Court rules against daughter’s family provision claim challenge

Published 23 Oct 2014

People who believe they have not been adequately provided for in a will may find a family provision claim can help. However, even the terms of a family provision order can be challenged if the claimant feels they are still not receiving a fair deal.

This is what happened in a recent case seen by the Supreme Court of NSW, when a 62-year-old woman disagreed with an offered substitution order after she had already succeeded in her family provision claim.

Her father, the deceased, was a successful businessman who amassed a considerable fortune, but failed to leave any money to his children in the will. He noted that he had provided substantial financial support to his kids and former spouses while alive.

The decedent also made his children beneficiaries of a trust that continues to make ongoing payments for their upkeep and maintenance.

However, his daughter – who is one of four children – said her financial situation was such that the will did not make adequate provisions for her upon her father’s death.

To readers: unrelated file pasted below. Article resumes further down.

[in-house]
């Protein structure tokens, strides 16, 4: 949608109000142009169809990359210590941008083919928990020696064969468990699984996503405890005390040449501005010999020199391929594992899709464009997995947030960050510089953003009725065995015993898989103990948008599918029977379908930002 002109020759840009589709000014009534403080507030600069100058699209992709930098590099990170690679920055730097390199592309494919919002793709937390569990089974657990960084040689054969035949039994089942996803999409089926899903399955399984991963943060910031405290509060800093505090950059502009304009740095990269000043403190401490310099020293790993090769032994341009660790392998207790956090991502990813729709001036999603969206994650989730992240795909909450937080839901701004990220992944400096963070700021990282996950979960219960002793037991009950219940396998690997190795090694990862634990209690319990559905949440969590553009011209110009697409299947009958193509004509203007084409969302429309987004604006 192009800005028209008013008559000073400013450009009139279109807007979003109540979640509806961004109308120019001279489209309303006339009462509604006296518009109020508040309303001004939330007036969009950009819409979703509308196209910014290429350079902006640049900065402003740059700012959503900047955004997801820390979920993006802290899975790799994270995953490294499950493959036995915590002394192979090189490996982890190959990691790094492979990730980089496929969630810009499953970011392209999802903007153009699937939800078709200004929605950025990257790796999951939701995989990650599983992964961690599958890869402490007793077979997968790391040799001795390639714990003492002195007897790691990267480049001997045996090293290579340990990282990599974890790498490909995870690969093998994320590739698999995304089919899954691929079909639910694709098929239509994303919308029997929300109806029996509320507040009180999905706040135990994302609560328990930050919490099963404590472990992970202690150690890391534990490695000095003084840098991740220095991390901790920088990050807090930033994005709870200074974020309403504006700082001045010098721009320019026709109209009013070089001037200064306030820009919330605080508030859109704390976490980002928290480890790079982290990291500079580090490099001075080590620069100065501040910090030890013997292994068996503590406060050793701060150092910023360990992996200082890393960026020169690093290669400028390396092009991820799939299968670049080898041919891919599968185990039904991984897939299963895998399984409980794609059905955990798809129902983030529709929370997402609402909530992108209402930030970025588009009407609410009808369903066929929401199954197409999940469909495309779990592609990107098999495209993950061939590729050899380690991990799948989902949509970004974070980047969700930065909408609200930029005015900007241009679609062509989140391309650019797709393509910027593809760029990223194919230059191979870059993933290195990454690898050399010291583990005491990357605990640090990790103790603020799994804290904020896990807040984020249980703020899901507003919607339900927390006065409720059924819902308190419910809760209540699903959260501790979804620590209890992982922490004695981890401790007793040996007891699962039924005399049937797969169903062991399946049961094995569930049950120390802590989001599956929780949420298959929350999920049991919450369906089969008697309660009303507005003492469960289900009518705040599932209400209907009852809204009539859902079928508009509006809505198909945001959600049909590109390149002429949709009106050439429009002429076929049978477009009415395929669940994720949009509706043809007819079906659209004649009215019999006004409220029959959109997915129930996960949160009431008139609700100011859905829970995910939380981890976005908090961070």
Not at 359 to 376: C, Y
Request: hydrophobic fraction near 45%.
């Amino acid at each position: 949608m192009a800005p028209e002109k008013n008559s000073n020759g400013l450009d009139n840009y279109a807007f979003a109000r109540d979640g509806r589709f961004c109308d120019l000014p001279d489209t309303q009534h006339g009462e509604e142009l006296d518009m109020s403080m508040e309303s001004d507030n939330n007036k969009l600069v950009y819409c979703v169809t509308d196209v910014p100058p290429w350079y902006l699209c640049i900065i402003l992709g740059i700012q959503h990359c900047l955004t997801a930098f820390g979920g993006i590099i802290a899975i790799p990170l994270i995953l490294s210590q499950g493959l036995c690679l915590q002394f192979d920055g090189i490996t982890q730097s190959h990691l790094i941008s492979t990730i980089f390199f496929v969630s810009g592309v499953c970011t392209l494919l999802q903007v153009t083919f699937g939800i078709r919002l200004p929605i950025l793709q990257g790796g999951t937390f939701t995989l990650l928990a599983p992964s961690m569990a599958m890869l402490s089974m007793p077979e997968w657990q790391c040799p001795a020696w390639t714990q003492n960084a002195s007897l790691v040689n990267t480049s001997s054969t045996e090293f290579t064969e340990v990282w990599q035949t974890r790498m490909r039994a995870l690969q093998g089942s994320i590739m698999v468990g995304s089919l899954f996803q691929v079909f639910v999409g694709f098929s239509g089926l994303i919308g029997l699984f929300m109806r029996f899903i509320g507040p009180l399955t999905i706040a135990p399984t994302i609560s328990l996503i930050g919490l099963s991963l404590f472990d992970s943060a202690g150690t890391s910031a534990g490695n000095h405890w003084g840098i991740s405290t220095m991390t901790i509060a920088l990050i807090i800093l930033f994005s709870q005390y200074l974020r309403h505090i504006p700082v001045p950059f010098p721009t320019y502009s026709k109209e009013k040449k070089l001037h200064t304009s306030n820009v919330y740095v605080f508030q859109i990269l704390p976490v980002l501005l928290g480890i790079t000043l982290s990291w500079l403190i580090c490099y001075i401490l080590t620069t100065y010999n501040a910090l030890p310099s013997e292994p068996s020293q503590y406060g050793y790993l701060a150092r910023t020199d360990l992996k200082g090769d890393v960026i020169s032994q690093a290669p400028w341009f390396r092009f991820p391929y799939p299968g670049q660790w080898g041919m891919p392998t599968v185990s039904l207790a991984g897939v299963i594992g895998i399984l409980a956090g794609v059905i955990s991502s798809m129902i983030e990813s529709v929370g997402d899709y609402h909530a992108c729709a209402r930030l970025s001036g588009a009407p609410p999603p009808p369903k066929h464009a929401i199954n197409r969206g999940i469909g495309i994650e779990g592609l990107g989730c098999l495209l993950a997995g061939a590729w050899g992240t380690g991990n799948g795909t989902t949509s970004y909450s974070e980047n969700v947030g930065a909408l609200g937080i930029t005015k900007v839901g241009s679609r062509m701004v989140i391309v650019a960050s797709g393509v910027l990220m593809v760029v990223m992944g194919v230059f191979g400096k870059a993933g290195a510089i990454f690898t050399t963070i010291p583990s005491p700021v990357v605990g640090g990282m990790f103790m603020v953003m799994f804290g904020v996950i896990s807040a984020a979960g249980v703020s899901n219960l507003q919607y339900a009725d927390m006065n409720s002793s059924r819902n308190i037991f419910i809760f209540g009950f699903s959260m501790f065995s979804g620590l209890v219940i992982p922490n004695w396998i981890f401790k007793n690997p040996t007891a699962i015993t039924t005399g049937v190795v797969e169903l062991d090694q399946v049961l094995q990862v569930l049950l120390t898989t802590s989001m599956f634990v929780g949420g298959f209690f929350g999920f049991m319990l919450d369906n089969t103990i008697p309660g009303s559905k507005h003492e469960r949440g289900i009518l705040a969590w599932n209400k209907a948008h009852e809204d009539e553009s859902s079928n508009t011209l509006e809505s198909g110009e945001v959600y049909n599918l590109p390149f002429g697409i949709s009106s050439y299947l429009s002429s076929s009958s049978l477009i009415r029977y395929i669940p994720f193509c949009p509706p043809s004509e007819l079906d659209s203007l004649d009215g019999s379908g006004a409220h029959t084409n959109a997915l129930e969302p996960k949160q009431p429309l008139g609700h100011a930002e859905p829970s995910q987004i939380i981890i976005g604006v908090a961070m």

The judge agreed and awarded her $175,000 from a $1.2 million notional estate. Part of the plaintiff’s costs would also be covered.

Substitution order challenged

While this original decision was made in May 2014, the plaintiff and the defendants were unable to come to an agreement on how best to fulfil the family provision order.

Much of the notional estate consisted of shares and other property held by the first defendant – the deceased’s widow. She offered just over $570,000 as a substitute.

The daughter opposed the switch, claiming the property was worth more than the money proposed. The 62-year-old also said the arrangement would give the defendant effective control of the beneficiary trust because she would hold a majority of shares.

According to the defendant, the cash substitute is the best way to facilitate the implementation of the family provision order, particularly as the notional estate contained many non-liquid assets.

The judge ruled in the defendant’s favour this month (October 15), stating in court documents that the substitution order was an appropriate measure for ensuring the plaintiff received the $175,000 lump sum as quickly as possible.

While in this instance the plaintiff failed to have the substitution order changed, her original family provision claim success shows the importance of seeking expert legal advice when deciding to contest a will. If you are considering an inheritance dispute, please contact an expert wills lawyer today.

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